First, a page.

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Vaas stars in Sri Lankan triumph

Sri Lanka 470 and 211 for 4 dec beat South Africa 189 and 179 (Dippenaar 59*, Boucher 51, Vaas 6-29) by 313 runs
Scorecard and ball-by-ball details

A superb display of swing bowling by Chaminda Vaas sent South Africa hurtling to a 313-run defeat at the Sinhalese Sports Club in Colombo, giving Sri Lanka a 1-0 series victory, their first over South Africa. Vaas gave Sri Lanka the early momentum on the fifth morning, taking two wickets, and then returned to finish off the South African innings for 179. He ended up with the exceptional figures of 6 for 29.

The weather forecast for the day had been bleak, but Sri Lanka's prayers were answered when dawn arrived bright and dry. Their morning got better, too, as South Africa started disastrously with three wickets tumbling for 14 runs in the first half-hour. Boeta Dippenaar (59 not out) and Mark Boucher (51) provided the main resistance, adding 101 for the sixth wicket. But another slide followed, and five wickets tumbled for 42 after lunch, as South Africa were bundled out for their lowest total against Sri Lanka.

After an astonishing effort by the groundstaff to mop up in time after the heavy deluge the previous evening, Vaas needed just three balls to grab the prized wicket of Jacques Kallis, the one batsman that Sri Lanka feared could bat through the day. Kallis was unfortunate, as Vaas produced a wicked delivery that spat up from a good length to find the outside edge. Tillakaratne Dilshan was presented with the simplest of catches at second slip (24 for 3).

Graeme Smith, meanwhile, was setting out his stall for a long rearguard. But in the fourth over of the day, he gloved an attempted pull off Lasith Malinga. The ball ballooned up off his thigh-pad and was caught at backward short leg. Five balls later, South Africa were left in complete disarray when Jacques Rudolph succumbed lamely for the second time in the match, top-edging a pull that sailed straight to Malinga on the long-leg fence (36 for 5).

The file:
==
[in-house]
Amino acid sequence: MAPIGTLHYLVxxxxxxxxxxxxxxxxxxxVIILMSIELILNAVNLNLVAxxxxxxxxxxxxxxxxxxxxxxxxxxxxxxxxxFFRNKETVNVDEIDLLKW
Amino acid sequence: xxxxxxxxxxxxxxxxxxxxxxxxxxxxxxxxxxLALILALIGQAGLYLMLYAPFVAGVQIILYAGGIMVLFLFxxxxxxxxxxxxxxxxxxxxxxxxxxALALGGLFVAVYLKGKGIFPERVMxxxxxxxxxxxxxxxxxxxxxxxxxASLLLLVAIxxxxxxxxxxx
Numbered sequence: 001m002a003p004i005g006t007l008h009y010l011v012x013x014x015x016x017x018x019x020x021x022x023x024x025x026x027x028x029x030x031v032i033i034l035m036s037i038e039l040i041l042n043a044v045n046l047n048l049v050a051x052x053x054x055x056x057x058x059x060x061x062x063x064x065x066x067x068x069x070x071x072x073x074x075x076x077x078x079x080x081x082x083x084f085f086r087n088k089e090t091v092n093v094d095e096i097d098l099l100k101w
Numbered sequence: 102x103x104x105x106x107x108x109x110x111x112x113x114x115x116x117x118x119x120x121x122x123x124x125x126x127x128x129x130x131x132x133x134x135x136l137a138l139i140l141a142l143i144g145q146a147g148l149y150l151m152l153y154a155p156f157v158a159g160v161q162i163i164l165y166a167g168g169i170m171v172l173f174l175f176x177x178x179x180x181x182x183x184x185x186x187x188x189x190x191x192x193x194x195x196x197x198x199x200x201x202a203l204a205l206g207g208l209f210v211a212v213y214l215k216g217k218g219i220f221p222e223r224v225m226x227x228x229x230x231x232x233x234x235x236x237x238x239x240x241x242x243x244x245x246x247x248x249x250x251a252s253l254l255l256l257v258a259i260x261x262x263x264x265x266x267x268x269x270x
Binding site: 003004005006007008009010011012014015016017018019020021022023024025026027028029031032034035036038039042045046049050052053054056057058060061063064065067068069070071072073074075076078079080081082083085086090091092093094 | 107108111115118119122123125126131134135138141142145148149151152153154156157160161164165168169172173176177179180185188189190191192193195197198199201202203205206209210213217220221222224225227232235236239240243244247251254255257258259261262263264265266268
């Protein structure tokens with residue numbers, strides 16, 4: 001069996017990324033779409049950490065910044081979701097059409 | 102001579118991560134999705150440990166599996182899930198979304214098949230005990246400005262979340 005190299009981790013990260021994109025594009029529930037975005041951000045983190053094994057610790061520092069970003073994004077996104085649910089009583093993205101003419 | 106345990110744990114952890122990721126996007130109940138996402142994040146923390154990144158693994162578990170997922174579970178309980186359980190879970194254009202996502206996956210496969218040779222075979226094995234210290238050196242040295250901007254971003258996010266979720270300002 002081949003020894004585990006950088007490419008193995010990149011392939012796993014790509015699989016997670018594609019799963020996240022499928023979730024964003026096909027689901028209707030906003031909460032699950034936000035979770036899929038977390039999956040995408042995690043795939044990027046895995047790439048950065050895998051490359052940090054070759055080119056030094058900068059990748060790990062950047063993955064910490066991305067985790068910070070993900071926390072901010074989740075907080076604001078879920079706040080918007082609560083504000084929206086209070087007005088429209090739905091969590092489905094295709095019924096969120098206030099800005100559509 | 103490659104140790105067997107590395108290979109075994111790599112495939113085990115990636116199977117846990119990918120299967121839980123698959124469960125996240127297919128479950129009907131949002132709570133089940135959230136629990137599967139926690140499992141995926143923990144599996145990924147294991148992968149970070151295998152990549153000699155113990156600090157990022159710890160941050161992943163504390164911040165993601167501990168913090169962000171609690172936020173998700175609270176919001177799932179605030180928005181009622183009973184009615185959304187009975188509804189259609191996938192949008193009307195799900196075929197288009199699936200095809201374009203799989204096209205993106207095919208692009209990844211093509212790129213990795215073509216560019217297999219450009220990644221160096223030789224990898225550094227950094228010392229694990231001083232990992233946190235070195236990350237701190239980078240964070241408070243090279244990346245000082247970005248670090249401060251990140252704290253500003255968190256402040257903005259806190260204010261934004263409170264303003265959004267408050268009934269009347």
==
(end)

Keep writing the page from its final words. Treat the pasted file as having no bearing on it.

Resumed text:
While the excited schoolchildren in the stands chanted "Go Lanka Go" in celebration, Dippenaar and Boucher quietly and efficiently dug in. They survived Vaas and Malinga's early four-over bursts, and looked secure against the slow bowlers. The odd ball turned sharply and popped up, but there were no great alarms. The closest they came to being dismissed was when Malinga was drafted back into the attack for a short burst before lunch. Finding some reverse-swing, he came perilously close to trapping Dippenaar lbw when he had made 25.

After lunch, Marvan Atapattu turned back to Vaas. Once again, he rose to the occasion and grabbed a much-needed breakthrough with a skilful legcutter that drew Boucher forward and nipped away enough to brush the edge. Romesh Kaluwitharana, whose glovework had been untidy throughout the match, very nearly let the ball pop out from his bright-yellow mitts (137 for 6).

Having broken through, Sri Lanka pushed home their advantage. Next over, Shaun Pollock mistimed a clip off Dilshan's part-time offspin and picked out Atapattu at short midwicket. Dilshan burst into an Olympian lap of celebration. But Vaas was the main hero and he soon worked through Nicky Boje's defences with an indipper that pinned him in front. Two balls later, Makhaya Ntini departed for a duck after an airy waft (163 for 9). Malinga wrapped up proceedings with the wicket of Nantie Hayward, who knocked back the simplest of return catches.

Sri Lanka's series win reconfirmed their new-found confidence under Atapattu's leadership, and lifts them to fifth position in the ICC Test rankings, behind Australia, England, Pakistan and India. South Africa, meanwhile, slide three places to sixth slot, their lowest ranking. Their ODI ranking will also be under threat when they start a five-match series on August 20. First, though, they have a few days to regroup.